- The principle of religious freedom is a fundamental right that flows from our mutual biblical affirmation that all human beings are created in the image of God (Gen. 1:26-27). Freedom is a divine gift and religious value and as such must be respected and protected.
- Because freedom enables us to choose between good and evil, the gift of freedom requires the exercise of responsibility. The manner in which we express our responsibility, profoundly affects human dignity and wider contexts in which the person lives: family, community, nation and humanity. We are, therefore, endowed with an ethical responsibility to pursue righteousness, and to confront evil wherever we find it. Personal freedom, morality and responsibility are all interconnected.
- Freedom of religion, freedom of conscience for all individuals and freedom to exercise one’s worship and practices at the national, regional and international levels must be guaranteed. Otherwise, societies fail to respect the inviolable rights of persons of diverse religions as well as of those of no religion at all.
- Religious communities are entitled to defend their own authentic religious identities against attempts to undermine them.
- The preeminent value of the human person obliges us to respect all forms of religious and secular expression, as long as they do not infringe upon or threaten the security and religious freedom of individuals, communities and societies. Conversely, where militant secularism and religious extremism pose such a threat, they must be repudiated and combated.
"Following on from the above principles, we call upon governments to recognize the important role of religion within their states and broader society, and to implement the above-listed principles in all state legislation impacting religious practice and expression."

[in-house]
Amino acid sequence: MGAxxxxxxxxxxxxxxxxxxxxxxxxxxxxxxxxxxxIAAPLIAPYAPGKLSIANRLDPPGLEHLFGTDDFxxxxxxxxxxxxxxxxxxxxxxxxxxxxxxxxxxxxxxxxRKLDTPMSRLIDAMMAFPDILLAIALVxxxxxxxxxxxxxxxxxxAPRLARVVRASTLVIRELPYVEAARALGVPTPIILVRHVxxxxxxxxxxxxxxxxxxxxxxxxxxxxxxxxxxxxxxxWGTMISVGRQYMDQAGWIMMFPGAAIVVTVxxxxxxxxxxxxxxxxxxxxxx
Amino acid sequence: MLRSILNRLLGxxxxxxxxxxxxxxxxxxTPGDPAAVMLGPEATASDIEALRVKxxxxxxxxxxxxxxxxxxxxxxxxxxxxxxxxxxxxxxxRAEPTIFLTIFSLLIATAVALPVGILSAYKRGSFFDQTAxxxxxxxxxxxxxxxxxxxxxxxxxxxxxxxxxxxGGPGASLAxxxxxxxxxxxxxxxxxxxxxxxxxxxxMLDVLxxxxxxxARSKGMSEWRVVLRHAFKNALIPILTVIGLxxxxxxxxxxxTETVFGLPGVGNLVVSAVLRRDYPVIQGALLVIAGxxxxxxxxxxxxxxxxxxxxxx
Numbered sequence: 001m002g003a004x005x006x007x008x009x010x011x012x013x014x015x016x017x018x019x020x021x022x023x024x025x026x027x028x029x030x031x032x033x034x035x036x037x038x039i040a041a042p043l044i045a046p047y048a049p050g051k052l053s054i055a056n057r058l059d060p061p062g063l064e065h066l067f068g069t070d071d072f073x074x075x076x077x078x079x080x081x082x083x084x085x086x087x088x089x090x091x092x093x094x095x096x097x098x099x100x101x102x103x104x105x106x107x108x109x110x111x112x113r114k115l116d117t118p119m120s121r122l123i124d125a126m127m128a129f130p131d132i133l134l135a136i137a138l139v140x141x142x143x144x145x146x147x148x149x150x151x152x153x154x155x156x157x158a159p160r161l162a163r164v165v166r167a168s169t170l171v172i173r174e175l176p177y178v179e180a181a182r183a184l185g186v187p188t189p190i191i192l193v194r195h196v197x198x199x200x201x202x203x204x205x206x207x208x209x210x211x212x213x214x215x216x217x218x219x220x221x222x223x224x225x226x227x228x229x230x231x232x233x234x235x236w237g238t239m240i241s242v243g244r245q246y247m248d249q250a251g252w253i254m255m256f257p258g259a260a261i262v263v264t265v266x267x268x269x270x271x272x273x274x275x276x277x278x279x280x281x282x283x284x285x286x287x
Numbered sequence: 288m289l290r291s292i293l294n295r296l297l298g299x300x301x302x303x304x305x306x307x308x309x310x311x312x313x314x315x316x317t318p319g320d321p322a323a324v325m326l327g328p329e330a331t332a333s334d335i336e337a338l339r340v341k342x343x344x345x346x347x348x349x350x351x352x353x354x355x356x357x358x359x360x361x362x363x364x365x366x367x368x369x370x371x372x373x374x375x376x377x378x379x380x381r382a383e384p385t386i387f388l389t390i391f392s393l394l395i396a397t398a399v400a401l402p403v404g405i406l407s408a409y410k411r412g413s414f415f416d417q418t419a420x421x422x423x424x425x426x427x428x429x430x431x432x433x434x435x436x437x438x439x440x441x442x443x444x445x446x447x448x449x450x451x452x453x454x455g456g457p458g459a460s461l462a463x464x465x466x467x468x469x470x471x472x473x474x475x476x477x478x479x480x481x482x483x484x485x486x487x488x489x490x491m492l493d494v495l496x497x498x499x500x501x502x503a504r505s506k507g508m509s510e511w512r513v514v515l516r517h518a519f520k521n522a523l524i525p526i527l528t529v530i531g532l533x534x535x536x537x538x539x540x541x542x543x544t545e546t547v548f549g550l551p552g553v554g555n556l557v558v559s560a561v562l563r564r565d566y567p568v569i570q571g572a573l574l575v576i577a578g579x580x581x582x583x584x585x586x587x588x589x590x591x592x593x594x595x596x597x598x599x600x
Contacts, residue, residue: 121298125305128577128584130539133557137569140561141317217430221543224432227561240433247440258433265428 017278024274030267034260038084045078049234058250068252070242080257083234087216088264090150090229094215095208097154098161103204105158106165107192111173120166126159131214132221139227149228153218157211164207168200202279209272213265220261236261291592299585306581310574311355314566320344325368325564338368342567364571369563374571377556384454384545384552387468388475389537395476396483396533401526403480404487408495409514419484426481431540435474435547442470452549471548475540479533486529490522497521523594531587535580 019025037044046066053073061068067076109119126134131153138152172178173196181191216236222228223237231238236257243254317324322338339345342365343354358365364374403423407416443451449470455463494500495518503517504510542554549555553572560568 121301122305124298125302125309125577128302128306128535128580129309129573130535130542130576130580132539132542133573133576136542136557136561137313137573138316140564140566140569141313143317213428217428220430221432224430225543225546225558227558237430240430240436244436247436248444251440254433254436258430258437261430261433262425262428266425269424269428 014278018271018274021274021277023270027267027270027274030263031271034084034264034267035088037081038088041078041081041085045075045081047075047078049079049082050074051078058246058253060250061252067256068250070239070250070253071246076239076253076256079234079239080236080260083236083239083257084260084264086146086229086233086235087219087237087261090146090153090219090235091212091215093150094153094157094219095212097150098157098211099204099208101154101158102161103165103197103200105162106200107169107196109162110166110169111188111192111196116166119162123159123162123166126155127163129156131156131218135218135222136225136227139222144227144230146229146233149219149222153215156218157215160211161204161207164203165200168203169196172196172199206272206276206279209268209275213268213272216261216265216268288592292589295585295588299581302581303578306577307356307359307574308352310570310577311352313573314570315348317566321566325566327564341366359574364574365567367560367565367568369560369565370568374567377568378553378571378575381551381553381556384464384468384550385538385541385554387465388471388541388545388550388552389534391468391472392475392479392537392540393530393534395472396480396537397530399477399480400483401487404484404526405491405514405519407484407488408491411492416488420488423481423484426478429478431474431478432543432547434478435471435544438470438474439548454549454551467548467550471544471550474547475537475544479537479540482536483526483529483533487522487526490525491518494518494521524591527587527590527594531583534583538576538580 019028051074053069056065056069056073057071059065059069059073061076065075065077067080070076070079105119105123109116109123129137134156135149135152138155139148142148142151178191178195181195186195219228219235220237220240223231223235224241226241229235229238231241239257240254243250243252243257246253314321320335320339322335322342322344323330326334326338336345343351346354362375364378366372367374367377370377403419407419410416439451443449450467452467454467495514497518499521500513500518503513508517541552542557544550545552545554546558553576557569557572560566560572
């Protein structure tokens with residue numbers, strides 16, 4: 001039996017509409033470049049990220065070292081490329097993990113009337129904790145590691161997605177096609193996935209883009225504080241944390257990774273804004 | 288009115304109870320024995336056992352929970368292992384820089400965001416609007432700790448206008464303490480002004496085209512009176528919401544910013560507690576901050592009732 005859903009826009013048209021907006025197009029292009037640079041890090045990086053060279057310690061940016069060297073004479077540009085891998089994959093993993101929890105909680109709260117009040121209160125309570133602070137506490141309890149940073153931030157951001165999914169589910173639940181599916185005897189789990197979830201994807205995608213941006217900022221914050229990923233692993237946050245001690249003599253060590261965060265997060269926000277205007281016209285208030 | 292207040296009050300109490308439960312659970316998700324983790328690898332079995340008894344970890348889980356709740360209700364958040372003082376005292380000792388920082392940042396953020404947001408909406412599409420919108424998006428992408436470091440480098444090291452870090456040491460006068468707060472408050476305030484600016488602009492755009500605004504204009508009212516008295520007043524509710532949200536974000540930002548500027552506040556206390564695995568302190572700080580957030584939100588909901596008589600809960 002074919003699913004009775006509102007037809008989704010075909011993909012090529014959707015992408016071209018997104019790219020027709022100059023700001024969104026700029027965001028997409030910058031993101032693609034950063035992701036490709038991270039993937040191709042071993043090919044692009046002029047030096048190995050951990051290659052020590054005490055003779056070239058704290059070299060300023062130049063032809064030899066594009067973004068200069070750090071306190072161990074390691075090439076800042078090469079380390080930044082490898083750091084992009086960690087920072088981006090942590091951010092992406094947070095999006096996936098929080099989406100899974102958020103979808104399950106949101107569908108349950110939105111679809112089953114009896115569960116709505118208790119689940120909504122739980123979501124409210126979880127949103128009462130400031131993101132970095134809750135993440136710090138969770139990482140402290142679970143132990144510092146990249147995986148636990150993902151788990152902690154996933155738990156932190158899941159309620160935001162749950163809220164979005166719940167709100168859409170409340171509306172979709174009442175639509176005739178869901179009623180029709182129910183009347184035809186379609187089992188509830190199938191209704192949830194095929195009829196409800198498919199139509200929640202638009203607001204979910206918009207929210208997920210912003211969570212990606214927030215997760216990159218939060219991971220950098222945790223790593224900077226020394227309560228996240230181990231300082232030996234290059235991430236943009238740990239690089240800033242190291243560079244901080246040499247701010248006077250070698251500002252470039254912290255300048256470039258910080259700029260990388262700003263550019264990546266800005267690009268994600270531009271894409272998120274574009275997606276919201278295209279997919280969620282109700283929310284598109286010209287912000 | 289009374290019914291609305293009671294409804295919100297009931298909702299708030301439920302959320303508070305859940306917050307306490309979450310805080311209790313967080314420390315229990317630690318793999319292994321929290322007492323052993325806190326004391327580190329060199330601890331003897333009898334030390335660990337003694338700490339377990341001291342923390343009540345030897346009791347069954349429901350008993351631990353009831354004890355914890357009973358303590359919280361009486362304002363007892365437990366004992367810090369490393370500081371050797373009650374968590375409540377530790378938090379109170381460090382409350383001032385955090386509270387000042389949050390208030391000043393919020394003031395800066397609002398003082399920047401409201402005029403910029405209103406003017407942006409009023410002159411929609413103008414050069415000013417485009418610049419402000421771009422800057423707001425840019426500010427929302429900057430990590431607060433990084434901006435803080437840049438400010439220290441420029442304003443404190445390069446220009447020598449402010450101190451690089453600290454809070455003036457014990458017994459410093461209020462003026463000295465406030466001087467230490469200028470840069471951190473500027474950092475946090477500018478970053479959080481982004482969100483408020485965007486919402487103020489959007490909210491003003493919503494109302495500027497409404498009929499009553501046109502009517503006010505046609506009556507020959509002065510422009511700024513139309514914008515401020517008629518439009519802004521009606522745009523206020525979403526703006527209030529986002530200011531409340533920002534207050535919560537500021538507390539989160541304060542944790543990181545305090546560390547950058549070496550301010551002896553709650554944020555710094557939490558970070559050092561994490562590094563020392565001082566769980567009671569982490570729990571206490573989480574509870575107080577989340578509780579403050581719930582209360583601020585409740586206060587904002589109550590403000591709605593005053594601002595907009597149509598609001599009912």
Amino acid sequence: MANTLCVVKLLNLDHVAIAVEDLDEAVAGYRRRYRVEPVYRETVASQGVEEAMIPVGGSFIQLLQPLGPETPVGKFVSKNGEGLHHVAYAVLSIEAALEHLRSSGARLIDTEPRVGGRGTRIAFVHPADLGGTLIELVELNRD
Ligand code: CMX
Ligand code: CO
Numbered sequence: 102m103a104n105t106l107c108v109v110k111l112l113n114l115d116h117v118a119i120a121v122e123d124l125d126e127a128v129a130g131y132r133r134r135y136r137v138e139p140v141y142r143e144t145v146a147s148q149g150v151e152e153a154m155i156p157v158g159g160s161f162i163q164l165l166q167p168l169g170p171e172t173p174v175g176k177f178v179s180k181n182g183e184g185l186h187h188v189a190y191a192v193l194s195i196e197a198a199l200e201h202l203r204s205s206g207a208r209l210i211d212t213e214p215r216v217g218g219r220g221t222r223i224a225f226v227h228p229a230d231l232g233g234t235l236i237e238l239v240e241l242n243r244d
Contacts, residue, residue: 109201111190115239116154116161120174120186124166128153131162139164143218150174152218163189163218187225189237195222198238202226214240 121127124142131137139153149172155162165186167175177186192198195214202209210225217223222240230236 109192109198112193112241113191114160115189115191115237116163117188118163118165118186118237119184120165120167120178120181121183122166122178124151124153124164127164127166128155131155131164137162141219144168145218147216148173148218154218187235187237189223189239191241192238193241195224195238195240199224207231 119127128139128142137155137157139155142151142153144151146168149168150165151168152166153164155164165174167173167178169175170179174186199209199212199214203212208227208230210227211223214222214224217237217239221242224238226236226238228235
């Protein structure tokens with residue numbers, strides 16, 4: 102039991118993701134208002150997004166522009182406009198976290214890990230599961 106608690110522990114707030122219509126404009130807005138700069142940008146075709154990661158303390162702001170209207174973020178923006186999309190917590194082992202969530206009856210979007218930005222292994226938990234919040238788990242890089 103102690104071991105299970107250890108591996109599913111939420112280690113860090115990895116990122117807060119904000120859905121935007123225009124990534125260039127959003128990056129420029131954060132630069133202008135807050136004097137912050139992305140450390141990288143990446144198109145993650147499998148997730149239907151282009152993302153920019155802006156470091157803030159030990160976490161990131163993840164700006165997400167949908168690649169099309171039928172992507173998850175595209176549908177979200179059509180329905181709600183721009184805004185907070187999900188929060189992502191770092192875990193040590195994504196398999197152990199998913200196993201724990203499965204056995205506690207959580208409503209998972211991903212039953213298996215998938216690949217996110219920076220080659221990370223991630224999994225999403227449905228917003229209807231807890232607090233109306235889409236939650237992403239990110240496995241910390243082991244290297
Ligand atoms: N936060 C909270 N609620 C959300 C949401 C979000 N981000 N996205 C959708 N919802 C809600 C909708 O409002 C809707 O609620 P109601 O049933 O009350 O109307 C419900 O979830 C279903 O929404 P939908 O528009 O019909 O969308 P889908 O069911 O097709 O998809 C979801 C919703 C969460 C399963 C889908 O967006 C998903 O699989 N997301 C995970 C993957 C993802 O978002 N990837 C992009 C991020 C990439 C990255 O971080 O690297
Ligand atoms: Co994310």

- For examples of problematic relations, see Seraphim (Mentzelopoulos) of Piraeus, and the Wikipedia articles on Anti-Jewish pogroms in the Russian Empire, and the History of the Jews in Russia
- This article currently deals exclusively with positive relations consistent with church teaching and with official statements and interreligious activities.
Sources and Further Reading
Perspective of Orthodox Christianity
- Rev. Dr. George C. Papademetriou. An Orthodox Christian View of Non-Christian Religions. Greek Orthodox Archdiocese of America.
- Dr. Gregory Benevitch (St.Petersburg Institute of Religion and Philosophy). The Jewish Question in the Russian Orthodox Church.
- Prof. Yuri Tabak (RGGU). Relations between the Russian Orthodox Church and Judaism: Past and Present. 2000.
Perspective of Judaism
- Walter Kaufman (Transl.). Judaism and Christianity: Essays of Leo Baeck. The Jewish Publication Society of America. 1st Ed. Philadelphia, 1958.
- Fifth Academic Meeting between Judaism and Orthodox Christianity in Thessaloniki, Greece. Jewish-Christian Relations. 2003-06-05.
- Communique of the 6th Academic Meeting between Judaism and Orthodox Christianity, Jerusalem, March 14-15, 2007. Jewish-Christian Relations. 2007-04-01.